As I haven't done one of these for a while I thought I would start with a double whammy.
Last weekend I went to London and visited the fantastic Out Of This World exhibit at The British Library which is running until the 25th of September. A pretty comprehensive collection of science fiction/speculative fiction featuring some of the earliest examples complete with a variety of illustrations and vintage cover design, with some comics thrown in for good measure. Definitely worth a visit, and it's free!
Whilst there I spotted something I could only hope was available to buy, and thankfully when I started to browse the gift shop, I noticed it was for sale.
The item in question was a pop up hardback comic book version of Jules Verne's classic 20,000 Leagues Under The Sea by Sam Ita. Complete with moving parts, hidden flaps, and massive 3D renditions of scenes such as the discovery of Atlantis and the notorious giant squid attack this is an innovative and fresh approach to the genre. One thing that puzzles me is whether or not this pop-up book can actually be considered aimed at children, for the most part the language is fairly comprehensible, but there are occasional words that may trouble a child, not to mention the violent anti-colonial undertone that has been kept from the original book. One thing is for certain the visual devices alone could be a brilliant way of getting children into reading and eventually turning them on to the greats (anyone who argues comic books encourage illiteracy is a narrow-minded fool).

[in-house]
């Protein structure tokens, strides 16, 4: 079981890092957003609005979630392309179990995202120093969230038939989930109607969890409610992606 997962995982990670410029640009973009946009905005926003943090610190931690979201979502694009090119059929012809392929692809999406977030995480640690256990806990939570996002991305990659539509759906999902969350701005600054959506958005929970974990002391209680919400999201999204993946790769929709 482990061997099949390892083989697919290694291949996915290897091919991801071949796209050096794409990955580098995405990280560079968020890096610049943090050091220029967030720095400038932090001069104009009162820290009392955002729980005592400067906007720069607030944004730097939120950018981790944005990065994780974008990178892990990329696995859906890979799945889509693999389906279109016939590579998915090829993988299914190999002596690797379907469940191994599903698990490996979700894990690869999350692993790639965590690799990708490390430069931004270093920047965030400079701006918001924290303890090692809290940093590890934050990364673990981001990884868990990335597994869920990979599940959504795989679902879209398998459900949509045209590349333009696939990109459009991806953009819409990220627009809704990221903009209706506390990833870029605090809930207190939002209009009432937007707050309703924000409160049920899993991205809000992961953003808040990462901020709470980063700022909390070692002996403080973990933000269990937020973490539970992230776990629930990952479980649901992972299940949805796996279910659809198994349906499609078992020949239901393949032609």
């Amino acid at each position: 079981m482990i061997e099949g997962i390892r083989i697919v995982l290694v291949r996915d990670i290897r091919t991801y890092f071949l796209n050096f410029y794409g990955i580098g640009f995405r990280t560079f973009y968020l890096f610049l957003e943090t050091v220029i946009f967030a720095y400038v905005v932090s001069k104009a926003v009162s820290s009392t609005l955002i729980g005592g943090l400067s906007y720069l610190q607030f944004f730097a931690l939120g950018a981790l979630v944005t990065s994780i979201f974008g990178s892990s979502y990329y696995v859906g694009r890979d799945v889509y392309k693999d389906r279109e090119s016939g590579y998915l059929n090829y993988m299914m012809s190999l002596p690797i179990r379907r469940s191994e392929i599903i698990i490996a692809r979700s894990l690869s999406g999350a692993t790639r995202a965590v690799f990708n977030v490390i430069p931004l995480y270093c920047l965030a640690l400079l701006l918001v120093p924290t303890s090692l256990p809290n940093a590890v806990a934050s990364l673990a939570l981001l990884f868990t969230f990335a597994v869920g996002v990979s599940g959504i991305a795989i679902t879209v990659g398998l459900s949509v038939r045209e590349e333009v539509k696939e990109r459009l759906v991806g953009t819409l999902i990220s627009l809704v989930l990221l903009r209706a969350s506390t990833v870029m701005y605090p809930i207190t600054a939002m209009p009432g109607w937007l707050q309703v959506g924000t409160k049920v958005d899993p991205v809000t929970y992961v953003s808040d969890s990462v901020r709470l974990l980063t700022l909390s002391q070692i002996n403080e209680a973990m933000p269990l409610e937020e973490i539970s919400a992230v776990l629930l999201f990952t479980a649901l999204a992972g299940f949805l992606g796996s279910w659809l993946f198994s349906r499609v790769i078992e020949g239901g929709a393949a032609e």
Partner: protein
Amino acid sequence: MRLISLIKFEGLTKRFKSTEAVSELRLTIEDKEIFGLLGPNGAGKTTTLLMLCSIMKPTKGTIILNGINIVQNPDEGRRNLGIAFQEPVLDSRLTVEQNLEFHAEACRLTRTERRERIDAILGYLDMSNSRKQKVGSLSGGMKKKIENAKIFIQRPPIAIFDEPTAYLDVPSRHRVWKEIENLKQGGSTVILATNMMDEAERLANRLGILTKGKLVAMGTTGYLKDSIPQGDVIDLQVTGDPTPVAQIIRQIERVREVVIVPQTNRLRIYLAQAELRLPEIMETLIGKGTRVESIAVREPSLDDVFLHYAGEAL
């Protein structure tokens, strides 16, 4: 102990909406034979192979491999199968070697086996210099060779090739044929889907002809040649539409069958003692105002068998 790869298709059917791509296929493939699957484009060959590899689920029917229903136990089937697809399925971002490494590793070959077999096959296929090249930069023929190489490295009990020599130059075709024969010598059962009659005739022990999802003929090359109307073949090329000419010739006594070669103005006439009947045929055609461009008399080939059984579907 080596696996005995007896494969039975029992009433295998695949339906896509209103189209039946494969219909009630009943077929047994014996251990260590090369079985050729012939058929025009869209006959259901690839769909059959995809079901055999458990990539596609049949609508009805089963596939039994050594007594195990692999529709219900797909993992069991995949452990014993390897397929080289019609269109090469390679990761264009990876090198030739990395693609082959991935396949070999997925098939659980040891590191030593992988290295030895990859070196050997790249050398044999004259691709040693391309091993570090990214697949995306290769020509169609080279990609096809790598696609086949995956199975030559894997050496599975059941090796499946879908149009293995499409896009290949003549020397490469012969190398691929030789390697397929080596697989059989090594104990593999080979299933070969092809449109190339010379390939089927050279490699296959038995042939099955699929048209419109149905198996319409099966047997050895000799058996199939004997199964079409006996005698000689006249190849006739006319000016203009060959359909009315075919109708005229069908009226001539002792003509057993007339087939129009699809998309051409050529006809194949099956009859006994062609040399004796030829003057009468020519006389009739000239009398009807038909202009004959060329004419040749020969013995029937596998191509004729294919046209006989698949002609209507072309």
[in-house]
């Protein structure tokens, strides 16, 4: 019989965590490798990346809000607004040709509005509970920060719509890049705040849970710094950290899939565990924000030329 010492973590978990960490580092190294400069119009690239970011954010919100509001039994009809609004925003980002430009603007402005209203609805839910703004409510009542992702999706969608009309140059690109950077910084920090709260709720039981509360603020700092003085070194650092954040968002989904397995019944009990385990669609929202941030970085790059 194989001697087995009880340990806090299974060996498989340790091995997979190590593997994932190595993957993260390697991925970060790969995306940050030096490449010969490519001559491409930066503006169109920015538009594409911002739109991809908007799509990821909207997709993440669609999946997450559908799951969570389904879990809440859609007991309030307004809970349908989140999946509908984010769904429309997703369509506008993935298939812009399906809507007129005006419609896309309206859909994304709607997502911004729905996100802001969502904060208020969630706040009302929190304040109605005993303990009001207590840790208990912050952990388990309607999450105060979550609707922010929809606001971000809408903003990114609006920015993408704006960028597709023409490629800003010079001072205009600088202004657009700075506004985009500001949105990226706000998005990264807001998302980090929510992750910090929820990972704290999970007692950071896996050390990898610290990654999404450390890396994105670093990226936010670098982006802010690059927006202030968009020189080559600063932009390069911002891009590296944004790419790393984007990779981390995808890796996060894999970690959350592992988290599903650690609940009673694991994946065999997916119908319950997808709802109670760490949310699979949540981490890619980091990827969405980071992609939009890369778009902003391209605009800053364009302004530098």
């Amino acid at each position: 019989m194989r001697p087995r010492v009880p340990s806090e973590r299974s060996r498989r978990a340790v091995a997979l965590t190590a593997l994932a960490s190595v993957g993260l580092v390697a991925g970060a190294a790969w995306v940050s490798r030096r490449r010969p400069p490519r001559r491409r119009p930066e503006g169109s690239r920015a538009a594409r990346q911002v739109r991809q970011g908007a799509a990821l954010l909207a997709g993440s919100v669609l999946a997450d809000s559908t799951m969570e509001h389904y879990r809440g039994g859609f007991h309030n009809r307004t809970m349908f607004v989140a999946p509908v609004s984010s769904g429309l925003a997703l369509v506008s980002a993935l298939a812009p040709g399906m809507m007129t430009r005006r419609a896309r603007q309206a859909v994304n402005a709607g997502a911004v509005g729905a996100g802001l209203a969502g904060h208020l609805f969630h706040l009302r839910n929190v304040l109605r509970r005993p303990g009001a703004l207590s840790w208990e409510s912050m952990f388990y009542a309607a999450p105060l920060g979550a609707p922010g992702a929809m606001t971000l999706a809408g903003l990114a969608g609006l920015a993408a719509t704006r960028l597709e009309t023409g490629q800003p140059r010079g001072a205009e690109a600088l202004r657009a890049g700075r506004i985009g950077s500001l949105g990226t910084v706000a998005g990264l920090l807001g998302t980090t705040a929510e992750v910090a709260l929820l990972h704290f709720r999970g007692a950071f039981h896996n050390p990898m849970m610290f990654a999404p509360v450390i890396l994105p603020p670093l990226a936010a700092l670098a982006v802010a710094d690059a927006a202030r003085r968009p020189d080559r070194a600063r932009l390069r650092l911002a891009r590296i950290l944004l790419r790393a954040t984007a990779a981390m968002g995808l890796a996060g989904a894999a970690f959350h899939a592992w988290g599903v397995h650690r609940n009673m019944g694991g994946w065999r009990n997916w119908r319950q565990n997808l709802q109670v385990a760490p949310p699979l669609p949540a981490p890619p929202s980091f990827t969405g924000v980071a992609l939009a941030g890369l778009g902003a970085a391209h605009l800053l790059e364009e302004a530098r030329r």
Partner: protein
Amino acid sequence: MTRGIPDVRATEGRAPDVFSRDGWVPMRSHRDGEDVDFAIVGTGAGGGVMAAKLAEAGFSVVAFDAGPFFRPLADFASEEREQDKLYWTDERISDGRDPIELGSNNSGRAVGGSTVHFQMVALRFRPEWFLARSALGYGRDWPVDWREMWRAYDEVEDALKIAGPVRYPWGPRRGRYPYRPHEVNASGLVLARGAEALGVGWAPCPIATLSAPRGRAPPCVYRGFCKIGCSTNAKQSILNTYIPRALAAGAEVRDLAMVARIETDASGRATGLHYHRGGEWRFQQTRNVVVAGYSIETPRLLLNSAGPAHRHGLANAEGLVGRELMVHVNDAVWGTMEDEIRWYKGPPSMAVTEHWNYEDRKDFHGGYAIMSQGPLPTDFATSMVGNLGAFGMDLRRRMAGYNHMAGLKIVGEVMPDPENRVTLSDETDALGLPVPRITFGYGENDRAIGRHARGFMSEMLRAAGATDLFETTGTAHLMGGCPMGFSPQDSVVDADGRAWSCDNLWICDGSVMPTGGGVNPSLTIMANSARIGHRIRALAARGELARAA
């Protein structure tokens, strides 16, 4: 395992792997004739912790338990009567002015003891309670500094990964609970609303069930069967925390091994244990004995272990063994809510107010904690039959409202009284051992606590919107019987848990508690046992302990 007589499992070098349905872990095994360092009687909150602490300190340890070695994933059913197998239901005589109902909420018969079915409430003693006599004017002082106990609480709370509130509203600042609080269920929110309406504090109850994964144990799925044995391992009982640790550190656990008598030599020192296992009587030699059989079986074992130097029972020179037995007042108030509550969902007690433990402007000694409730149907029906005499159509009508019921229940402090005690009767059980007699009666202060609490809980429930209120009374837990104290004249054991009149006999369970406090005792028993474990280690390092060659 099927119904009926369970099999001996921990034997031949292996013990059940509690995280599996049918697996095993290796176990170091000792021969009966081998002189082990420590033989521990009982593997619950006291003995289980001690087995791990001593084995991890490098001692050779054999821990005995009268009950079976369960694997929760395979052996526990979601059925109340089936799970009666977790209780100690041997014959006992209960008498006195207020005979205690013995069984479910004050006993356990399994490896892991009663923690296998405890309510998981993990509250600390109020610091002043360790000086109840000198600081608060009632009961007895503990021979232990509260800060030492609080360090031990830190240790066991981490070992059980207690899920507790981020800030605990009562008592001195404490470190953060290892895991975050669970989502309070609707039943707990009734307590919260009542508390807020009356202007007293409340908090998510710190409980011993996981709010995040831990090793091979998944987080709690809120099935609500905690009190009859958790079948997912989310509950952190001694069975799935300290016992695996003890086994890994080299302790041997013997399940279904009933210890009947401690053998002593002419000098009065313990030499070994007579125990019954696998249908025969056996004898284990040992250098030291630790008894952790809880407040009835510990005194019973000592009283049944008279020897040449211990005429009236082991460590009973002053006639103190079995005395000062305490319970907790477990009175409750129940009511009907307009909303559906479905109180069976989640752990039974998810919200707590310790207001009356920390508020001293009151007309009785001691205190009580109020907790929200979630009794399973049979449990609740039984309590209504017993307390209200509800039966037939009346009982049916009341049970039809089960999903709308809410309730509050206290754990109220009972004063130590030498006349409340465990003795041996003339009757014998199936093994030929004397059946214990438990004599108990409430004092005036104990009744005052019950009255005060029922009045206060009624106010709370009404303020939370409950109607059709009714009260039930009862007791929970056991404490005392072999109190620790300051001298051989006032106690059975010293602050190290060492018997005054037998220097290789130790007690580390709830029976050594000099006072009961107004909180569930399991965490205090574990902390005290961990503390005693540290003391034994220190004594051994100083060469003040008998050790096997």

Sam Ita has also published two more pop up comic book literary adaptations: Mary Shelley's Frankenstien and Herman Melville's Moby Dick.
Next I finally visited the Nobrow shop and gallery and picked up a nice little mini comic The Story Of Gardens by polish artist Kuba Woynarowski. Fitting the sci-fi theme of this post nicely this starkly finished black white and blood red surreal and wordless tale presents us with the ultimate 'what if...?'. Tying into and exploiting our current environmental fears it shows a world devoid of human life, but where disregarded human artifacts remain. Slowly but surely nature begins to regain its stronghold in the world through the presence of an eiree looking shrimp like insect and the eventual swamping growth of plants and weeds. There are some wonderfully creepy and atmospheric sequences in this little comic, including a scene with the shrimp like insect emerging from the 'heart' of a blood red cabbage which reminds me a lot of Charles Burn's work with its nods to B-movie horror. This mini comic presents a possible future world like an unsettling alien landscape and sends a shudder down your spine in a mere 16 pages!